On Neil deGrasse Tyson and interruption

I have a friend who interrupts me. He does it a lot. Always has. He moved to Ohio years ago and we don’t talk as much, but whenever we do, we pick up right where we leave off: us having a lively discussion and him constantly cutting me off to say something.

At a time—up until very recently, in fact—this drove me absolutely crazy. It felt like such a diminishment of anything I had to say. It was like he was telling me “whatever you’re saying doesn’t matter because listen to this!” I didn’t vocalize that frustration, rather I let it fester in my mind that he was incredibly self-important and frustrating to talk to.

Today, after knowing this guy for ten years, my perspective has shifted.

I started binging old episodes of The Joe Rogan Experience podcast, the full episodes he dropped on YouTube before he made his move to Spotify. I enjoy seeing these conversations. They feel raw and natural and human, which is probably why so many others listen to Rogan as well. I also enjoying hearing words from Neil deGrasse Tyson. I learn a good 27 new things whenever I listen to the man talk.

On this listen, specifically on episode 1159, from back in 2018, deGrasse Tyson and Rogan talk for more than three hours, and the former takes up the lion's share of the space. He goes from subject to subject seamlessly, leaping from the moral character of Christopher Columbus to the discovery of microwaves in minutes. It’s fascinating.

Here’s what I noticed: Neil deGrasse Tyson is my friend.

Not really. Never met the guy. But he’s a lot like my friend, who moved to Ohio. He’s not interrupting because he doesn’t care what Joe Rogan has to say. He’s interrupting because his excitement about all of these things is exploding out. He really can’t help it. There’s even a point where he stops himself and says “I’m screaming at you… sorry.” His cup runneth over.

deGrasse Tyson once said to Arianna Huffington, “Perhaps wonder, no matter where you are or what your circumstances might be, wonder is a window from where you are to where you want to be. No matter what that location is.” He’s a lifelong learner with a genuine curiosity, a childlike wonder, that has never gone away.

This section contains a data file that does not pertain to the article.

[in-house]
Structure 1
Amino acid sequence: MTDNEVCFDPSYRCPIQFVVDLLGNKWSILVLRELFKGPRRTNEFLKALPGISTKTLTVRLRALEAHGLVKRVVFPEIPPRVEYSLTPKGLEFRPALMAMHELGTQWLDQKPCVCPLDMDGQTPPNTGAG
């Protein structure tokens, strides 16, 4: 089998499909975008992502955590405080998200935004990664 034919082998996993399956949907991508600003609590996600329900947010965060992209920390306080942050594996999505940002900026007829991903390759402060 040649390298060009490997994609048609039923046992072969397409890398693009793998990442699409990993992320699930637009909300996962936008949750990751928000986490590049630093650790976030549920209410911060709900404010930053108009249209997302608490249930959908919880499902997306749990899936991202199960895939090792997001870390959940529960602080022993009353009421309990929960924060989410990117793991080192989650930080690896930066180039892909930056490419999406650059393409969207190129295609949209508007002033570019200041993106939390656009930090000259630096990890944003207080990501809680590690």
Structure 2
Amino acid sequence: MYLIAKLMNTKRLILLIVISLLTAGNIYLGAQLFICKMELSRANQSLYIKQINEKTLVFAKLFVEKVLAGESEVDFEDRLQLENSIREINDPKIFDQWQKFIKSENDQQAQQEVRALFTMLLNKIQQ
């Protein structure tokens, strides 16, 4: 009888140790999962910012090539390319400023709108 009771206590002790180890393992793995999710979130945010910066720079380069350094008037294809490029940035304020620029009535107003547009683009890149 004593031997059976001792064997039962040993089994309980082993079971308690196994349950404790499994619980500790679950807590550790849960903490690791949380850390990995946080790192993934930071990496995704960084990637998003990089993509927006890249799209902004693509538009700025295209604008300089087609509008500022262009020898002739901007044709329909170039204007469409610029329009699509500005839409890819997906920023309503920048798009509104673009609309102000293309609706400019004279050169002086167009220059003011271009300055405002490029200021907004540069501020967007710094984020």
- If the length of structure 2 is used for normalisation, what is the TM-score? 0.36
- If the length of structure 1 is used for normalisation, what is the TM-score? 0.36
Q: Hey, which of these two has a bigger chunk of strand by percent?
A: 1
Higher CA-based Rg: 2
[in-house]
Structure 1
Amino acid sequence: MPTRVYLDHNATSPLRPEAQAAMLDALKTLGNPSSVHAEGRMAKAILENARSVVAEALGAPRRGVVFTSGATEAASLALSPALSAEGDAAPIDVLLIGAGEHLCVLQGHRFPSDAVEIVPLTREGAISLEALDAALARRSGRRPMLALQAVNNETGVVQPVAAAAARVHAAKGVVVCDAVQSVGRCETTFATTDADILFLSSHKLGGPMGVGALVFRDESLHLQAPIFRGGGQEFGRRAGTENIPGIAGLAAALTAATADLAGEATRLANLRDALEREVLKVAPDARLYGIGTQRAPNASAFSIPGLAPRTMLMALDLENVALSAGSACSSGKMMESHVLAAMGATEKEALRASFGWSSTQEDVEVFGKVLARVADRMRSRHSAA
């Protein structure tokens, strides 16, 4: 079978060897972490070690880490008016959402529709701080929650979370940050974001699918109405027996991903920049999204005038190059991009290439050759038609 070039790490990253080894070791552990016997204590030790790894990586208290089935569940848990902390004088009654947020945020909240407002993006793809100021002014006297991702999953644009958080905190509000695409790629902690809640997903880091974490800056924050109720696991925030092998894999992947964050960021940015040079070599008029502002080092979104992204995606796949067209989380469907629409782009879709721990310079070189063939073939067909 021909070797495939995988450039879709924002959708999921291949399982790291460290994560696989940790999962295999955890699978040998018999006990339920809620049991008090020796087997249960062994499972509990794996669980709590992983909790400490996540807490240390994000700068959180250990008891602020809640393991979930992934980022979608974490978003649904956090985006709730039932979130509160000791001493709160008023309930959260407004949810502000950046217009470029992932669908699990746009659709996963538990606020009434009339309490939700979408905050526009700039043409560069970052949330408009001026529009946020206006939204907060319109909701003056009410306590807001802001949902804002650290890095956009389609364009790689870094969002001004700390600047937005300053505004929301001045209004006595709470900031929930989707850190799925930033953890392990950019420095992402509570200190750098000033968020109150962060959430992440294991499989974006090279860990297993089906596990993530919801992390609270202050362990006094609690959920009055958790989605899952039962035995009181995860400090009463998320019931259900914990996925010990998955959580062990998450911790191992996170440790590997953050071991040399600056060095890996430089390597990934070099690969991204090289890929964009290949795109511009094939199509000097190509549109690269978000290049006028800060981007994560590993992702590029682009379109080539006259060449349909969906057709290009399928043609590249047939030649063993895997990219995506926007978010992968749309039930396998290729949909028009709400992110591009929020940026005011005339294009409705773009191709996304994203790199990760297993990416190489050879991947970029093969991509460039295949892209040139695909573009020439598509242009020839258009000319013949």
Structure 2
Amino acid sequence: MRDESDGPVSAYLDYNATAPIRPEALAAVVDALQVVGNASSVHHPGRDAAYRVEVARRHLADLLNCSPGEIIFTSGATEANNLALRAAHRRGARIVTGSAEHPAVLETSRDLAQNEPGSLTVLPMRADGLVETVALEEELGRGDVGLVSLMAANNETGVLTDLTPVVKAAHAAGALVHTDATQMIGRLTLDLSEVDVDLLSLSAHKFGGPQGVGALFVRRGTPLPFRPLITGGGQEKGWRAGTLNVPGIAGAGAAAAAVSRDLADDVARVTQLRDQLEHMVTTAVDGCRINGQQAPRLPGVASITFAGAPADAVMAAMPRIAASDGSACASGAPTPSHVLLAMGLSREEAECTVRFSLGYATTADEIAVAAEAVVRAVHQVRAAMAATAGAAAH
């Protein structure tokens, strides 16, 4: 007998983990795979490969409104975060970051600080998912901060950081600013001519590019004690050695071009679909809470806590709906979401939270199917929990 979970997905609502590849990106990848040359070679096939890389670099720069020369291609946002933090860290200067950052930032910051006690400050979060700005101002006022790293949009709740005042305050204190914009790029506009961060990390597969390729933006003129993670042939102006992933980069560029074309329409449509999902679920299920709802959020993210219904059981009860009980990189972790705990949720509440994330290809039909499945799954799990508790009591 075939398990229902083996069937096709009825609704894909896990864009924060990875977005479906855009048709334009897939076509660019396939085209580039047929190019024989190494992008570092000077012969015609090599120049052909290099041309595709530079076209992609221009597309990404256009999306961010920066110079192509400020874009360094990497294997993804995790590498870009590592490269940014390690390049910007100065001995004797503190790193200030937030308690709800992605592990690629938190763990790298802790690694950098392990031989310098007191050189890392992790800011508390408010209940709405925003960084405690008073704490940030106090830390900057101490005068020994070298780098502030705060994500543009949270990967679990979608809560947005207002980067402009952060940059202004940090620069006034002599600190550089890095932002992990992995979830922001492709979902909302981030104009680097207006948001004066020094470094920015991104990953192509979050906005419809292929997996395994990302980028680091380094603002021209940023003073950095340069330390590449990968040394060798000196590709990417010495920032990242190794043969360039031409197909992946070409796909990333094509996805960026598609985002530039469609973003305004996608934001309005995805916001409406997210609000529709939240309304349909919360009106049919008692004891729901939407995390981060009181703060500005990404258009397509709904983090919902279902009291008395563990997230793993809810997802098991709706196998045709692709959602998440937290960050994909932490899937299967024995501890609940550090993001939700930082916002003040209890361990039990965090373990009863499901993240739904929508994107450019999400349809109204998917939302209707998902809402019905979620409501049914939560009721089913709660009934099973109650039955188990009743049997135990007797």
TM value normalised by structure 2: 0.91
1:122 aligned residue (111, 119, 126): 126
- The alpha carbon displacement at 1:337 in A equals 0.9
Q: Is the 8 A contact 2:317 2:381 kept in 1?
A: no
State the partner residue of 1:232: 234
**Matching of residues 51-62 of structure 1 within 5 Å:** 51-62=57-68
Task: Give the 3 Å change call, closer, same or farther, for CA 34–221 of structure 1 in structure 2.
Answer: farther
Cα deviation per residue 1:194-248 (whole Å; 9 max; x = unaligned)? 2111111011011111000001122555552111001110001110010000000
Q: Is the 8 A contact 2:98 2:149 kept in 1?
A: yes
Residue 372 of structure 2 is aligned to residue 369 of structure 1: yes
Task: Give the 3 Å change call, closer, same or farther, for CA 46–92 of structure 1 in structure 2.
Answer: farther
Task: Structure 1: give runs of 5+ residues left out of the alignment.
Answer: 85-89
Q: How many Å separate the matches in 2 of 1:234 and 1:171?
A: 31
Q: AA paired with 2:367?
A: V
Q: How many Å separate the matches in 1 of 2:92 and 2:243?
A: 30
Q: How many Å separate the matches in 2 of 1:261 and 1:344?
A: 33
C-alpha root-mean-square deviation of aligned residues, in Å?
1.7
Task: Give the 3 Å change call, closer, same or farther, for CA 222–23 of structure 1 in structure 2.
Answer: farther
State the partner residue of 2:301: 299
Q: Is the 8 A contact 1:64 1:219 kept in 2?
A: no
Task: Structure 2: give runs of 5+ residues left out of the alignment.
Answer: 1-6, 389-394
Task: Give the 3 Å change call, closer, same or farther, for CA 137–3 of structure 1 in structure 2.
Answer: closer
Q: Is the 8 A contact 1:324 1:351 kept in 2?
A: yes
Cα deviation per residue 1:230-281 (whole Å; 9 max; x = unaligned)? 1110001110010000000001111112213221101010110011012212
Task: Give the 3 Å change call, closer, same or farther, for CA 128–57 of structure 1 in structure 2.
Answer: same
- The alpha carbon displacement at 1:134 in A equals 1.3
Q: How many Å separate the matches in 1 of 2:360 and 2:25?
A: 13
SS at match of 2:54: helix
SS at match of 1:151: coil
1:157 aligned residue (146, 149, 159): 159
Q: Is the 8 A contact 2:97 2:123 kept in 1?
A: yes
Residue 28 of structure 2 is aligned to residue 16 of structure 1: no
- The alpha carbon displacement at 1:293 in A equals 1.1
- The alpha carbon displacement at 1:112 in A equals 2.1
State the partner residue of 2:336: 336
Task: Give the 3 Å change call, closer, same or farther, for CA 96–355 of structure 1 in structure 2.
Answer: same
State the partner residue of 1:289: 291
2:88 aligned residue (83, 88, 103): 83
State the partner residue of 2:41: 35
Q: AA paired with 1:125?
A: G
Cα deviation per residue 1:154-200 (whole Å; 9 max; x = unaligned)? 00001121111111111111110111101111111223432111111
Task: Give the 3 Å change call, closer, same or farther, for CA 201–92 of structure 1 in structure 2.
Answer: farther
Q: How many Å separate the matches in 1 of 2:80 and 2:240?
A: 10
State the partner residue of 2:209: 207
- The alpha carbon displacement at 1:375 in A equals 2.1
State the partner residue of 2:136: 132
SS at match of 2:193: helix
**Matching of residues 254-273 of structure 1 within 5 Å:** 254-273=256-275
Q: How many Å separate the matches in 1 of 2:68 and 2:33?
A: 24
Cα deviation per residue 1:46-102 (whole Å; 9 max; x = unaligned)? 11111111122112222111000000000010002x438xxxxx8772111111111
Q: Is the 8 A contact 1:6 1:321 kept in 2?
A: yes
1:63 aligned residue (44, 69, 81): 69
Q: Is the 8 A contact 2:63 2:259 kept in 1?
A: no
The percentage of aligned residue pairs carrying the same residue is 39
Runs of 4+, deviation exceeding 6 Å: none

Child-like wonder.

Well, what do kids do better than most? They interrupt. Good lord, they interrupt like nobody’s business. My seven-year-old son struggles endlessly to contain himself when he has some new bit of information to share or some point to add that he can’t let go of. He respects me. He loves me. He learns from me all the time. He’s not interrupting because he doesn’t care what I have to say. He’s doing it because he's just that excited to get to have the conversation with me in the first place.

Watching deGrasse Tyson bubbling with energy, spouting his points, and eagerly jumping on Rogan’s every question, shed new light for me. What does interruption look like when we remove our hurt egos and ideas of what’s polite and just take in the joy of the exchange.

Maybe we learn something. Maybe we feed off someone else’s uncontainable joy. Maybe we relax a little and enjoy the eccentricities of a brilliant friend.



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Chris Paicely

Chris Paicely

Storyteller. Believer. Partner. Father. Son. Digital Creator. Marketing Strategist for the Surge Institute. Founder of StoryPaced Media.